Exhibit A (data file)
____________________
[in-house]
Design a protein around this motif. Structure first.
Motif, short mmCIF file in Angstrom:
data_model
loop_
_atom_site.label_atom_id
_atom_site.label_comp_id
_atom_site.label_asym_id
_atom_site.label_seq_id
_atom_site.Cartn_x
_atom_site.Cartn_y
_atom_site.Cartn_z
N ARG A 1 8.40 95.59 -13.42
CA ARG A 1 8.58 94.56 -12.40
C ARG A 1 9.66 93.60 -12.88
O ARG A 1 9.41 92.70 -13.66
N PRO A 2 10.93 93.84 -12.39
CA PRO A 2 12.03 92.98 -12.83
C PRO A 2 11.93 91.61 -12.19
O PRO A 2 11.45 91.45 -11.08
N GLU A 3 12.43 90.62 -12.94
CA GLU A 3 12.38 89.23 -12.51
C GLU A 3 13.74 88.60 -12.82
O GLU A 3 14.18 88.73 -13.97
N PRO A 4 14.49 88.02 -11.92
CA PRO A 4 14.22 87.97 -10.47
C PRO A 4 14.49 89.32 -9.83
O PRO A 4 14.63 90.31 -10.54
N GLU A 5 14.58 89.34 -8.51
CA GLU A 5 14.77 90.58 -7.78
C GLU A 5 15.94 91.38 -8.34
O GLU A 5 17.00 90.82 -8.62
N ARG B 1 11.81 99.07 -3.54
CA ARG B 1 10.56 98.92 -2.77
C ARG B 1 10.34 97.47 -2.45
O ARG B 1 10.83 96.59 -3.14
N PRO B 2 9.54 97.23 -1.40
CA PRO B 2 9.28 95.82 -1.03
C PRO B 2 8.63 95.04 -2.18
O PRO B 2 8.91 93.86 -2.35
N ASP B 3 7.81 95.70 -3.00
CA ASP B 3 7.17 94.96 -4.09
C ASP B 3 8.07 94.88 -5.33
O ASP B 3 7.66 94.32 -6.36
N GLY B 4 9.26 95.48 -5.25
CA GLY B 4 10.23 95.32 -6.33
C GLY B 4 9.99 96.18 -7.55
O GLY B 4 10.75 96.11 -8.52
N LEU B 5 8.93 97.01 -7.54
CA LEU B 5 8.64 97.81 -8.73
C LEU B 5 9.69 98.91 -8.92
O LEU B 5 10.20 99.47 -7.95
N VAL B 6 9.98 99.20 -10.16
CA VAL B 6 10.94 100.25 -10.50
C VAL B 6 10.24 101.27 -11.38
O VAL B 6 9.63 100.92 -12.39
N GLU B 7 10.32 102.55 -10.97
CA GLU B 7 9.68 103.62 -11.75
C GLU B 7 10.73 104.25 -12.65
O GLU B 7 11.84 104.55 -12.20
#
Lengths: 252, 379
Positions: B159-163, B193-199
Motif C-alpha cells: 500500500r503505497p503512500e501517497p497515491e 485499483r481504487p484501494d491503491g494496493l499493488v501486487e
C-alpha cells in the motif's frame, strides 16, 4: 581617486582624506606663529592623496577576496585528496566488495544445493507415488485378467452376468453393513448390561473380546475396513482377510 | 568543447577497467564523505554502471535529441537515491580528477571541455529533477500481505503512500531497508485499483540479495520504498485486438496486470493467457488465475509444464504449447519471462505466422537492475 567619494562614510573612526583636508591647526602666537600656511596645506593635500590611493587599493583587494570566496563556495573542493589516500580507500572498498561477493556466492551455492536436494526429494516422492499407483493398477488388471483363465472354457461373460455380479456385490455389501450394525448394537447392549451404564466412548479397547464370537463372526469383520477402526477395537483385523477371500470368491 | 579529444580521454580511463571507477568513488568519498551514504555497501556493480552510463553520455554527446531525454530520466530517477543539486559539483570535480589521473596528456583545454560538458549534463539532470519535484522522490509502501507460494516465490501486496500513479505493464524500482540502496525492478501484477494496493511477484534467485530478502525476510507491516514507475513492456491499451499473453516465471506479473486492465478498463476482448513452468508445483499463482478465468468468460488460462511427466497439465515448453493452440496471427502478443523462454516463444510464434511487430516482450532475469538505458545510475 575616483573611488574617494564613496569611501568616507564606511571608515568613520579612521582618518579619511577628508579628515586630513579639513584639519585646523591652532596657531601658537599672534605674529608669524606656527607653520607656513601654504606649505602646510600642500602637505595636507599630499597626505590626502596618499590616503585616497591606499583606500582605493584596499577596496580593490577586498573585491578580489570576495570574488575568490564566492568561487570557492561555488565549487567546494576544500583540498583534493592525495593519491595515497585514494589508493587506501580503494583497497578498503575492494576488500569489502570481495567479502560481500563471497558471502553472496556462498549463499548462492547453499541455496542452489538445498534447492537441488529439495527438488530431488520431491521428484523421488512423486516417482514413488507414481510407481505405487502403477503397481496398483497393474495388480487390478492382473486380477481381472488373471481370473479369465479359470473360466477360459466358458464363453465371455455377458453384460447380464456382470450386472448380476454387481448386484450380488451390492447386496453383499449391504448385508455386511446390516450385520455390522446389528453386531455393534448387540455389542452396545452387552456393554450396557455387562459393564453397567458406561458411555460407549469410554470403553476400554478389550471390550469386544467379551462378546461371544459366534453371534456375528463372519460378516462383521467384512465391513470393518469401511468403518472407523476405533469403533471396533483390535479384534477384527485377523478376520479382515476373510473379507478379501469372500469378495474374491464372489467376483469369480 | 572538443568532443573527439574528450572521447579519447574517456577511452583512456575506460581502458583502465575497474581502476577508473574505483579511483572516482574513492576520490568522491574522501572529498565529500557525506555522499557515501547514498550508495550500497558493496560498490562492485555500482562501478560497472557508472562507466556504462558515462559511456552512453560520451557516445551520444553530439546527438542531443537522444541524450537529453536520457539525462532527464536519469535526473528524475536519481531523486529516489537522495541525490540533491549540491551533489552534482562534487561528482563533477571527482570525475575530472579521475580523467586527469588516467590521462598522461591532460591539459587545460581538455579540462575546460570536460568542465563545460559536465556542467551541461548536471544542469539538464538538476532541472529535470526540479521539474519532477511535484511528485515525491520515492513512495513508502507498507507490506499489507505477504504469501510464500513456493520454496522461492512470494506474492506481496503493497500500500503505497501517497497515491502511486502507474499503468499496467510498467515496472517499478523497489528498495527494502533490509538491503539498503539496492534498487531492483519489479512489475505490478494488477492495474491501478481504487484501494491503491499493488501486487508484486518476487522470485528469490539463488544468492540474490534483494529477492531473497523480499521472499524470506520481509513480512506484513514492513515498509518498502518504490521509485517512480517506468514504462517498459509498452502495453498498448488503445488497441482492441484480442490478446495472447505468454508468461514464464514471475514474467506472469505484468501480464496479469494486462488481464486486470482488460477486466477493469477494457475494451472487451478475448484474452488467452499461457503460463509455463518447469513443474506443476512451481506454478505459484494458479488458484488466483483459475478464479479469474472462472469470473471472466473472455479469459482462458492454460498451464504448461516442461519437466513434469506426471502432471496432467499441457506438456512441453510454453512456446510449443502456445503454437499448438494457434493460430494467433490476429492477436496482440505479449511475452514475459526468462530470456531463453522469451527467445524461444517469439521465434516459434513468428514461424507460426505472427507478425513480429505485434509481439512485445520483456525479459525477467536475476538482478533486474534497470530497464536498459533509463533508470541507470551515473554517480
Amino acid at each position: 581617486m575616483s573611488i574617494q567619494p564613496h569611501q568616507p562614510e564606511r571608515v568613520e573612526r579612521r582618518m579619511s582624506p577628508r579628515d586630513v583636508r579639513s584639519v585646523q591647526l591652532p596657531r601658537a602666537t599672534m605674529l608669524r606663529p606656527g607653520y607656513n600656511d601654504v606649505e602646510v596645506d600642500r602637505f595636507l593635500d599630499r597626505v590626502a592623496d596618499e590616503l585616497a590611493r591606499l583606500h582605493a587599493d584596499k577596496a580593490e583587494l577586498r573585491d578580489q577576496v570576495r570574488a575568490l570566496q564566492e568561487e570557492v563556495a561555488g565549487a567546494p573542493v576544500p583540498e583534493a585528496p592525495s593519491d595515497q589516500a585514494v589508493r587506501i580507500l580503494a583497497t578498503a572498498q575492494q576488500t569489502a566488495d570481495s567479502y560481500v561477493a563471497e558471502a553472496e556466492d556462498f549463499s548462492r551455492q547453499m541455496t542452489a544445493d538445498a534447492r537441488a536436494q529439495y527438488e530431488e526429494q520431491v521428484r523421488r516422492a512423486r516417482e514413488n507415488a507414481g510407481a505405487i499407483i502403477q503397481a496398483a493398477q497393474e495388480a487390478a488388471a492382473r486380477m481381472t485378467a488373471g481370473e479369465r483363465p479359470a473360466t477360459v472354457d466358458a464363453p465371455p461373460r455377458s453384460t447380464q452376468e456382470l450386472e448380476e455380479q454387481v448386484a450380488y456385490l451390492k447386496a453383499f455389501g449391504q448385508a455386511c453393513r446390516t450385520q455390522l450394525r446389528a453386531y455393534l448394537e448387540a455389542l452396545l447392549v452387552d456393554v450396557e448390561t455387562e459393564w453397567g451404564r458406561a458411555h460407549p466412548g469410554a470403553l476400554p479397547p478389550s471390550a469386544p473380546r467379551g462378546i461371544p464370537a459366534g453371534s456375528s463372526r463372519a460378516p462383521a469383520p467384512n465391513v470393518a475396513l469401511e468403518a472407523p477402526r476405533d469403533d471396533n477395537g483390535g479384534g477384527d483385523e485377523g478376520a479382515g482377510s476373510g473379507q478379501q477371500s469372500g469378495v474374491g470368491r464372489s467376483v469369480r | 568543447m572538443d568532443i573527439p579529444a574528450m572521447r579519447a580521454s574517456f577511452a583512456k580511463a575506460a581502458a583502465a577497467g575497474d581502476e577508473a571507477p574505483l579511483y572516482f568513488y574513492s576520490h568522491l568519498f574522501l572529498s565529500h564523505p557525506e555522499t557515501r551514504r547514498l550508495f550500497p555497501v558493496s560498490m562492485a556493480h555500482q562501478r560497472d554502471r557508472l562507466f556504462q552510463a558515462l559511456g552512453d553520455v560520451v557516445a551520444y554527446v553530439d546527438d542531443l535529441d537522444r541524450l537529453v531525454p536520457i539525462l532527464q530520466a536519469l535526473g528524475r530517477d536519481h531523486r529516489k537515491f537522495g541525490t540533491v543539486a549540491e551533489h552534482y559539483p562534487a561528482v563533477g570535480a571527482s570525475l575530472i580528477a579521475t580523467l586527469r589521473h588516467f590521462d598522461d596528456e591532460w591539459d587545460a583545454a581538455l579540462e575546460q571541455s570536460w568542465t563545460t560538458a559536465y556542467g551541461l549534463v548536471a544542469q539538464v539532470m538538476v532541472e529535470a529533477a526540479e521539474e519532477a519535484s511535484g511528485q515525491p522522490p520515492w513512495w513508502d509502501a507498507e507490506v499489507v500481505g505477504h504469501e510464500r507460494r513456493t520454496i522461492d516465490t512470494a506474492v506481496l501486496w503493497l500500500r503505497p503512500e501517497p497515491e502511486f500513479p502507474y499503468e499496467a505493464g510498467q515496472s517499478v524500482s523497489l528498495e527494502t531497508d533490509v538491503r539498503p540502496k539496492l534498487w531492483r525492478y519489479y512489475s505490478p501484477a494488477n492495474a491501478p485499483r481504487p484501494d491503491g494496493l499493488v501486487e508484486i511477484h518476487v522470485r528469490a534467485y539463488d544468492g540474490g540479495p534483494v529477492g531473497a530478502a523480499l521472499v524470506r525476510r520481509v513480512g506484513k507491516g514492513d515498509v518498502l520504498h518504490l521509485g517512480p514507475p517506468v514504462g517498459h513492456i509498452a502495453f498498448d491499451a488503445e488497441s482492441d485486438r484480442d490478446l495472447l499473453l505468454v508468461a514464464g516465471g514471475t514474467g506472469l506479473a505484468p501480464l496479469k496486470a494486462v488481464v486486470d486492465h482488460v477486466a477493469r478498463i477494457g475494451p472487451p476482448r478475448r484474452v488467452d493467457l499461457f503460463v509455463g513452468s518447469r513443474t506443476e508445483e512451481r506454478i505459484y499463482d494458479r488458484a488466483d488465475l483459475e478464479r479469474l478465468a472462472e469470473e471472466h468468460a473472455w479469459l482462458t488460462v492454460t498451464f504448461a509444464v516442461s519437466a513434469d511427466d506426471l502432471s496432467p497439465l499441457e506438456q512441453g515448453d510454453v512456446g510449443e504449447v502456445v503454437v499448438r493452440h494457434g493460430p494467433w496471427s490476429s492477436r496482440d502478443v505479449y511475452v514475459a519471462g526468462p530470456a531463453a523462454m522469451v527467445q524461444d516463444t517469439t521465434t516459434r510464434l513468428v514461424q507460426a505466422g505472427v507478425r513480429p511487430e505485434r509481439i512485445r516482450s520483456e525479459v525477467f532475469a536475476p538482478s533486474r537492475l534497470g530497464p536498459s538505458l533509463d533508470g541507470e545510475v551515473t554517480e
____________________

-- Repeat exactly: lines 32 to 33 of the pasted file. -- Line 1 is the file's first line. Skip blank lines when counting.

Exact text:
O GLU A 5 17.00 90.82 -8.62
N ARG B 1 11.81 99.07 -3.54